QUESTIONS. If our Christianity doesn’t have an effect on the society around us, does it even matter? What is a Christianity that doesn’t affect society, really about? What is our personal hope for heaven at some point in the future, if people are experiencing hell every single day all around the world?

 

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Where do we go to find the Imago Dei (the image of God)?

I read an article in Sojourners Magazine titled “The Hungry Spirit”, thinking that it was going to be an article about the first beatitude “Blessed are the poor in spirit, for theirs is the kingdom of heaven” (Matt. 5:3). It turns out that it was not directly written about the that particular text.

The article is about the photography of Sebastio Salgado, a photography that creates “a religious narrative of poor people across the world.” Salgado uses his camera to tell the story of the human condition. The poor. The displaced. The helpless. The hopeless. In his Exodus project he “traces the human face, the Imago Dei, against the background of time, livelihood, and continents.”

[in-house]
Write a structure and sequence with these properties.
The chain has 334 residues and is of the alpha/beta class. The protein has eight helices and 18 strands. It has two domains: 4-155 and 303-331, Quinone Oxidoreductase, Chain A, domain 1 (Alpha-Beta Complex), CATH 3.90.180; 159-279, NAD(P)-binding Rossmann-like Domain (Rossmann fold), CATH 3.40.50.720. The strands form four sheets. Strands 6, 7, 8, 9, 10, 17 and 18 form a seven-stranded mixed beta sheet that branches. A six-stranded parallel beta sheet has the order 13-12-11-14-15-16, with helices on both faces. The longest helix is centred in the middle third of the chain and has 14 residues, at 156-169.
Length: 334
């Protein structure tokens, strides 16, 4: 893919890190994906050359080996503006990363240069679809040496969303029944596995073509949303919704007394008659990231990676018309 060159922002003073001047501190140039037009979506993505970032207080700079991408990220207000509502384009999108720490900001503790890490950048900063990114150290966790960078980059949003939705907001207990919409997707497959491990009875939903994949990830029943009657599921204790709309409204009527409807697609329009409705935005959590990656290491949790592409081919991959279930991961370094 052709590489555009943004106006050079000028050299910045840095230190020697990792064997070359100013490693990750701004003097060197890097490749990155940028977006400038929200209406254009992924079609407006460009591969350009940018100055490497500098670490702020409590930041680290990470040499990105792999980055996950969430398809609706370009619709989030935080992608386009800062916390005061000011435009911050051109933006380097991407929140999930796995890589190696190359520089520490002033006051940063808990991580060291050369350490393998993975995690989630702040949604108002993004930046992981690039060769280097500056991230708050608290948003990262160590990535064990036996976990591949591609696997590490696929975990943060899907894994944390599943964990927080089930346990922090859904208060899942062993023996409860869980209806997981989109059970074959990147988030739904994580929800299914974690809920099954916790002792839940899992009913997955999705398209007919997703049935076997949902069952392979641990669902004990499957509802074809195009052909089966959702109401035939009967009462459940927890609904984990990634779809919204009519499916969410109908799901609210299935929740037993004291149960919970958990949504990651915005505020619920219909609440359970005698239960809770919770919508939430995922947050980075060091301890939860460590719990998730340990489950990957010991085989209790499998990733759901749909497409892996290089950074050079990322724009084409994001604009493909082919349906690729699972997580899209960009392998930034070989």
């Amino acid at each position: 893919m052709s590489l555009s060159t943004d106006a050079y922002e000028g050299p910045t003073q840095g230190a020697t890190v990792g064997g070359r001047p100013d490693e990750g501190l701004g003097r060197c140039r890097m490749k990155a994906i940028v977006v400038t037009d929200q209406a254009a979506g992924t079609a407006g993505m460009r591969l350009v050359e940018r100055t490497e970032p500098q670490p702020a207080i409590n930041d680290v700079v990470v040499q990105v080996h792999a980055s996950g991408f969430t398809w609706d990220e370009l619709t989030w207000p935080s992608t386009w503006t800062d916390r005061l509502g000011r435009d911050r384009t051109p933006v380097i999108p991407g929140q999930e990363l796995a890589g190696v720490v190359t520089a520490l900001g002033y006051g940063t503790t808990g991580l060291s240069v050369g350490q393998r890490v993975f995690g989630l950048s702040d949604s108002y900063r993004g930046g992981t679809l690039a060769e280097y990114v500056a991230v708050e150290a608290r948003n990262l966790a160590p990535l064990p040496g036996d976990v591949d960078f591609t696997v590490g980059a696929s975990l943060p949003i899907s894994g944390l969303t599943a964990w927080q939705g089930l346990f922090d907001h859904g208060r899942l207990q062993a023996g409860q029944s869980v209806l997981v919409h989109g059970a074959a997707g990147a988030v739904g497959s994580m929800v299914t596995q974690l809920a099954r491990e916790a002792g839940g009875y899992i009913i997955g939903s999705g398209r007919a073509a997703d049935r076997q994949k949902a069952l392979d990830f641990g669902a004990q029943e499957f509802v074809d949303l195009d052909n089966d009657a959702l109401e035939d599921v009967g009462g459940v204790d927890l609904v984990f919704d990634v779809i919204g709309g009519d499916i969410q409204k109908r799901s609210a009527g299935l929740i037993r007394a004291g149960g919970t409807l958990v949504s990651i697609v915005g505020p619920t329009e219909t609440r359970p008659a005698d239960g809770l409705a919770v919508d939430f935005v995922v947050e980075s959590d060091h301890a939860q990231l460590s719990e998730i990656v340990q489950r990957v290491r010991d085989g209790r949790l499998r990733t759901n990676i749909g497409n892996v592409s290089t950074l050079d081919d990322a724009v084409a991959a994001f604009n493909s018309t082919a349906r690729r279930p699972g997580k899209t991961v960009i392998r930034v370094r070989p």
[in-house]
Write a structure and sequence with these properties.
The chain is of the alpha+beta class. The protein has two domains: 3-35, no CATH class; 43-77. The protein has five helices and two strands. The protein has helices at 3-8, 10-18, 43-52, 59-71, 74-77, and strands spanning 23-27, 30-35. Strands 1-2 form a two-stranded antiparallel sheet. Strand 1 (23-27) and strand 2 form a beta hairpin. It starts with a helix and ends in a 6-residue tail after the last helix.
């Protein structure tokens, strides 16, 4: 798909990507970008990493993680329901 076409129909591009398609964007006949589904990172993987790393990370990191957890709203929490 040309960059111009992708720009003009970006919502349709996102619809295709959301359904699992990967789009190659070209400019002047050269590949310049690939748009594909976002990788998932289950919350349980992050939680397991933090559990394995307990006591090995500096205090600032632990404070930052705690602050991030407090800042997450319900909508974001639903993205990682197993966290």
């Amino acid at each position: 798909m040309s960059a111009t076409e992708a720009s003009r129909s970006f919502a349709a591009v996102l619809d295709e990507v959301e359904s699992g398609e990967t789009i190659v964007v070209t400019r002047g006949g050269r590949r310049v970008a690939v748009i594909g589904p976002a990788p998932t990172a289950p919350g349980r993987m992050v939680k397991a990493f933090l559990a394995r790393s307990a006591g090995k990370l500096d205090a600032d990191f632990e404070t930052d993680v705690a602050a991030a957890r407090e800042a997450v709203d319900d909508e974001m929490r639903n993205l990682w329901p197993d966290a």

In Salgado’s current project Genesis he seeks “out places that are still as pristine as they were in primeval times, places that provide hope…” I wonder if the word ‘primeval’ here is used to indicate the time when everything in the world was pure, green, hopeful, without pain, without tears, without suffering, a time in which the Imago Dei could be seen without having to look through the muck of oppression that comes with the civilizing of humanity. Ironic isn’t it. The more civilized and advanced we become the more isolated, the more, that less is done to help those that need our help. Any help.

Commenting on his new project Genesis Salgado says, “We exploit the entire planet to live as isolated individuals.” He continues “It’s very complicated to have hope, but there are spots of hope around the world”. Genesis seeks to find these places of hope. What I might add are places of holiness.

Don’t we all look for places of hope in our lives. Or even realities of hope. Experiences of Hope. People of, and people that hope. A real kind of hope, and not a well wishing sentiment.